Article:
“Dr. Megan, my pain is in my neck. Why are you adjusting my low back?” We get questions like this often in our office, and the concerns are extremely valid. There are several things that go into deciding what bone(s) needs to be adjusted and surprisingly, the location of the adjustment is not dependent on the location or even the presence of pain.
For starters, the need for an adjustment is not reliant on whether or not you have pain. Your nerves have several different functions — motor function (movement), automatic function (organ function), and sensory function (including the feeling of pain). Sensory function is just small part of your nervous system, so there could be tension on your spinal cord and nerves without the feeling of pain. This is why you sometimes need an adjustment even though you do not have symptoms.
It is also important to note that the spinal cord attaches at the very top and the very bottom of the spine. When one or more of those spinal regions are misaligned, it increases the amount of tension throughout the entire spinal cord and can create discomfort in other spinal regions. For example, when a spinal bone in your neck has shifted from its normal position, it changes the tone of the spinal cord. Since the spinal cord is also attached at the bottom of your spine, you may feel symptoms in your lower back from the increase in tension caused by the misalignment in your neck. You can see in this instance how the area of pain isn’t always the area that needs to be adjusted.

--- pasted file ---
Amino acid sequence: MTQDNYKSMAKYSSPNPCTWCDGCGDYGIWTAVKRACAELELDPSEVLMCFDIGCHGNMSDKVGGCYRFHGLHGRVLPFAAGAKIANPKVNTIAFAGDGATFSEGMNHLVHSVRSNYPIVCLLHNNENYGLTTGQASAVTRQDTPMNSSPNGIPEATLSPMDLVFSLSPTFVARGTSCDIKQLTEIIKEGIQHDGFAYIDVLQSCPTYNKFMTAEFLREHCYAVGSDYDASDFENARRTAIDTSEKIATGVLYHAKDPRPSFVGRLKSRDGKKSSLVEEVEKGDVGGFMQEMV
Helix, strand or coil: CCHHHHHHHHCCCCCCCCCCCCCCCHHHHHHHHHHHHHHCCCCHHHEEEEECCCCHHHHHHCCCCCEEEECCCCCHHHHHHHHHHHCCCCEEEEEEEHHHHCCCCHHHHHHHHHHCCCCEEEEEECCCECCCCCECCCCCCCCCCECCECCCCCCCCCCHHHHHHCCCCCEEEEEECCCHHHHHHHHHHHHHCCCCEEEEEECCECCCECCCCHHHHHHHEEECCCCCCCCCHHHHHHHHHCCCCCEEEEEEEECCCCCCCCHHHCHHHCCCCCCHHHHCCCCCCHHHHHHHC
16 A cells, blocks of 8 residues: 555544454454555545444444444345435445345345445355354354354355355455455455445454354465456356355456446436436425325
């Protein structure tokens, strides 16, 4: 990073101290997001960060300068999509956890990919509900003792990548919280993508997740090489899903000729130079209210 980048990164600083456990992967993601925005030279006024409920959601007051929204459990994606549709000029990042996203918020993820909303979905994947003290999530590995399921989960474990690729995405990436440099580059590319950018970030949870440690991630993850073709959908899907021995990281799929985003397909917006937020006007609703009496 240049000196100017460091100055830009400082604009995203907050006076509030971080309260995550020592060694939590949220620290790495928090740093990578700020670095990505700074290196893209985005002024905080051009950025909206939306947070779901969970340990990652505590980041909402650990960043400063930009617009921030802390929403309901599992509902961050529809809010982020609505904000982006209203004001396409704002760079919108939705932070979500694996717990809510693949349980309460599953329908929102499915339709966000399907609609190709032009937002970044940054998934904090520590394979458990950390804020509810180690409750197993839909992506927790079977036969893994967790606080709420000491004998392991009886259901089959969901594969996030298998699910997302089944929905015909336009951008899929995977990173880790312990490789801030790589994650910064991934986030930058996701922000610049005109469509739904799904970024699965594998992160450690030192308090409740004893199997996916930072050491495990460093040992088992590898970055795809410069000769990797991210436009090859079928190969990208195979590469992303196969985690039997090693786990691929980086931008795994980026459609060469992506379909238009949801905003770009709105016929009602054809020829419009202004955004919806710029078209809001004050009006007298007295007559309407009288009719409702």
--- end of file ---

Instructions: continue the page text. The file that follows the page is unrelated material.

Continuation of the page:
When dealing with spinal structure, it’s important to remember that all of your bones, muscles, ligaments, organs, etc. work together to keep you alive in a somewhat “normal state”. With that being said, if there is a structural shift within the spine, the body’s natural response may be to compensate for that misalignment. This could mean a distortion in posture or a shift in spinal structure in another region of the spine. If this is the case, you may experience pain as a result of this compensation, but again, the site of pain may not be the primary area that needs to be adjusted.
With so many things to consider, how do we know where to adjust? This is one of the many reasons we chose our unique focus (NeuroStructural Correction). Our analysis of spinal structure is very specific, locating the areas where the primary misalignment(s) are (meaning it doesn’t look for compensations). Once the adjustment is made, the tone or tension of the spinal cord and nerves are able to return to a more acceptable state. When this happens, there can be a decrease in the amount of discomfort caused by that structural shift, whether that discomfort was in the same area as the adjustment or in a completely different region of the body.
In the example of the lower back pain caused by a misalignment in the upper spine, once the shift is adjusted back toward normal, and the added tension on the spinal cord is released, the symptoms in the lower back can decrease. In a similar fashion, if a spinal bone is misaligned and the body responds via compensation, once that shifted bone is adjusted, the compensation can often times self-correct.
While it is important to note the presence of pain, pain does not dictate the adjustment. Because your body can respond to structural shifts in many different ways, we would rather use a very specific, objective analysis to determine what needs to be adjusted, rather than relying solely on pain or other symptoms. Correcting the primary shift(s) of you spine will help you achieve the greatest results in the shortest amount of time!
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This week we describe Dowager’s Hump, its causes, and how it may be corrected.
Achy joints, a twinge in the knee, or even a sharp pain from the shoulder to the elbow? That’s all part of normal aging, right?